In America, where the future of the West is played out, people of differing political standpoints can nowadays hardly bear to be together in the same room. Each thinks the other (there being only two possible standpoints) not merely mistaken but wicked or evil. Luckily, in my French redoubt, I have been able to avert my mind from this, the other and much more serious global warming, that of heating temper.
I have been reading a little about Shakespeare recently, preparatory to a lecture. One of the questions about Shakespeare is who he actually was. It was Delia Bacon, I think, an unusual American lady of the middle of the nineteenth century who eventually went frankly mad, who first suggested that Shakespeare (the author of the plays) was not Shakespeare (the boy from Stratford-on-Avon), but rather her near-namesake, Francis Bacon. Ever since then, the question of the authorship has agitated many minds, including those of famous people such as Henry James, Sigmund Freud and Mark Twain. One of my two copies of Sir Edwin Durning-Lawrence’s Bacon is Shakespeare (Durning-Lawrence was a Member of Parliament and militant Baconian) once belonged to Sir Ernest Shackleton, the other to Otto Orren Fisher, who presented Miami University with a copy of all the seventeenth-century Shakespeare folios. Durning-Lawrence wasn’t the only MP of his time who was interested in the authorship question: George Greenwood wrote extensively on the same question, without firmly concluding anything except that Shakespeare wasn’t Shakespeare.
Since then, other candidates for authorship have been proposed, and there are Oxfordians, Marlovians, Rutlandians, and about sixty other sects, all of whom call those who believe that Shakespeare, the author of the plays, was Shakespeare, the boy from Stratford-on-Avon, Stratfordians, rarely without the connotation that they are as primitive as those who believe that the Earth is flat. Not very long ago, I saw an article in a French newspaper claiming that the half-Italian linguist and translator John Florio was the true author of the Sonnets, thus proving the value to Britain of the European Union.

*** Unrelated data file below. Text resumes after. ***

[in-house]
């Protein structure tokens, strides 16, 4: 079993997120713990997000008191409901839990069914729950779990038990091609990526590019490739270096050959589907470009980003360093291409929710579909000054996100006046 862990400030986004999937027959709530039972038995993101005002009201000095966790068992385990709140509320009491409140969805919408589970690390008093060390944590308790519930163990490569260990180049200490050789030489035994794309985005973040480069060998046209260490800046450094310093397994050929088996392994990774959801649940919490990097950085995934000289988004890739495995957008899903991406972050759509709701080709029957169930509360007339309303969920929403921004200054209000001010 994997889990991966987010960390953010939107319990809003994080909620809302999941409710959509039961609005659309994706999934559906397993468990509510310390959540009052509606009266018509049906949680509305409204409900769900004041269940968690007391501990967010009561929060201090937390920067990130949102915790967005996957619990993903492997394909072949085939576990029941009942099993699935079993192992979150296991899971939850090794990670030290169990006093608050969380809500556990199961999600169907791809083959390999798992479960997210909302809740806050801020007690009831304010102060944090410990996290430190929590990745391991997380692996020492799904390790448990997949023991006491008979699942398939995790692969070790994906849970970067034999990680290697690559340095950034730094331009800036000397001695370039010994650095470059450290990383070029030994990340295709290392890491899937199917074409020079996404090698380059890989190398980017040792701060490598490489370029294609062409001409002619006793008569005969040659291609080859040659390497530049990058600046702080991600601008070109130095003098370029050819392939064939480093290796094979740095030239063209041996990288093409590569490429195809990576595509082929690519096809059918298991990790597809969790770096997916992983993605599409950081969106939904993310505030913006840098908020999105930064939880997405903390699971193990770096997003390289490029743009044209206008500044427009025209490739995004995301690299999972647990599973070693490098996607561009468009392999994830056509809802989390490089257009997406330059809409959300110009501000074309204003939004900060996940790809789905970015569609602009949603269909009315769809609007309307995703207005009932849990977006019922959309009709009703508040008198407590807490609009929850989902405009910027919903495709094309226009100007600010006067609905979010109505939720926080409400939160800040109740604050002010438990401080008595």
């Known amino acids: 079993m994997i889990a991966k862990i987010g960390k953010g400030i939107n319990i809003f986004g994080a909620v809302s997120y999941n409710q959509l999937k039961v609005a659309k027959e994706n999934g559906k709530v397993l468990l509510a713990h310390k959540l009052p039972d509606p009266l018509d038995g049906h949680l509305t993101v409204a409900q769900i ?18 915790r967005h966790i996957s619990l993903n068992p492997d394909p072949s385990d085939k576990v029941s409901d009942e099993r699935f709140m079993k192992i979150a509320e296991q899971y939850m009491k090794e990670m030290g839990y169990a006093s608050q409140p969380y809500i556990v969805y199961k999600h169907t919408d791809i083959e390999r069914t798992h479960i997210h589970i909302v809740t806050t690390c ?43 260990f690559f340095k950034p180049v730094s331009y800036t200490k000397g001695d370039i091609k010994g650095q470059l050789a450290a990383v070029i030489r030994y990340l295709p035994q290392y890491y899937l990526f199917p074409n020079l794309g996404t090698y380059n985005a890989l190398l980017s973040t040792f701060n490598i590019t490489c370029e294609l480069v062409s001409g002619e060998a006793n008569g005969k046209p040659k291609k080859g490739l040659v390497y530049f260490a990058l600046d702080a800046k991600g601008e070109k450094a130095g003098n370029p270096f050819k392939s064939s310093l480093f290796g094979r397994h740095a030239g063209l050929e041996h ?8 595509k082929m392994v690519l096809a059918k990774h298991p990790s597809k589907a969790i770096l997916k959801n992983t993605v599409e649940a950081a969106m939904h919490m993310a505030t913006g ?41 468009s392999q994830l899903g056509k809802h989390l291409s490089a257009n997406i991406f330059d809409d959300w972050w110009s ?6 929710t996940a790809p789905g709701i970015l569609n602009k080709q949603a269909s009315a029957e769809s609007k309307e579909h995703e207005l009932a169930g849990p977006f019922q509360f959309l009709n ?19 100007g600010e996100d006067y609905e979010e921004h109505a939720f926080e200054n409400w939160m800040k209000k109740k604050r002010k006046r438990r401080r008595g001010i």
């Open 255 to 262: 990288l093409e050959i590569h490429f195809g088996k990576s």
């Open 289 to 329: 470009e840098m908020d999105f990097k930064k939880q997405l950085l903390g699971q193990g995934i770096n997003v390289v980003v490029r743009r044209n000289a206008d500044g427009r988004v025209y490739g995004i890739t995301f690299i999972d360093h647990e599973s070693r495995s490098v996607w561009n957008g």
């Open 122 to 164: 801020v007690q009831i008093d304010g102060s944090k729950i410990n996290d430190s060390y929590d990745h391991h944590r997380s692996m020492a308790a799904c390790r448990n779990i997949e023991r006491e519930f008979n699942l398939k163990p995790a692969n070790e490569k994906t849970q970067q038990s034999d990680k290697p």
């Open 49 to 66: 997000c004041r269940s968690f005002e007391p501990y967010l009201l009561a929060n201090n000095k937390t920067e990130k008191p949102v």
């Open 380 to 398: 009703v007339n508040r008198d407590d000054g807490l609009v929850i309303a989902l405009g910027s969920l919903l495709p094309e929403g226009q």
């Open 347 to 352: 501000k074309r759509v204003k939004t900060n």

I have recently been reading about the Sonnets. G. Wilson Knight says, “We do not know when they were written, to whom they are addressed, nor even if they are certainly autobiographical.” But A.L. Rowse knows, as does A.D. Wraight. The problem is that what they know—and they know it beyond all reasonable doubt in their own minds—is mutually incompatible. Rowse claimed to have discovered the identity of the Dark Lady, while Wraight claimed that the Sonnets were really Marlowe’s. Rowse testily dismisses the authorship question altogether, as well as repeatedly saying that those who disagreed with him were a bunch of third-rate ignoramuses at best, or so bad that they did not deserve to be rated at all. But Wraight’s book about the Sonnets, published six years after Rowse’s, does not even mention him in more than 500 closely printed pages. Her refusal even to mention Rowse is perhaps more eloquent than his repeated sniping at anyone who departs from his views by so much as a minute particular. Rowse, who was undoubtedly a man of great accomplishment, was not modest, however: he once wrote that there would one day be an institute devoted to the study of his life and works. La vida es sueño—and so, it seems is la muerte.
But Rowse was certainly not alone in his contempt for those who differed from him in Shakespeare studies. The authorship question is largely the preoccupation of retired generals, admirals, civil servants and doctors (poor Dr Orville Owen, author in five volumes of Francis Bacon’s Cipher Story, constructed a cipher machine that persuaded him that Shakespeare’s manuscript lay at the bottom of the River Severn at Chepstow, which he dredged at enormous cost, ruining himself financially in the process and on his deathbed warning people against the authorship question) and these people usually don’t suffer fools, which is to say people of views different from their own, gladly, but impute to them the worst of motives.
If this is the case with the authorship question, is it altogether surprising that questions like the future of humanity should not give rise to consensus? It is tolerance, willingness to listen and good cheer that need to be explained, not contempt, denigration and hatred.
First published in Quadrant.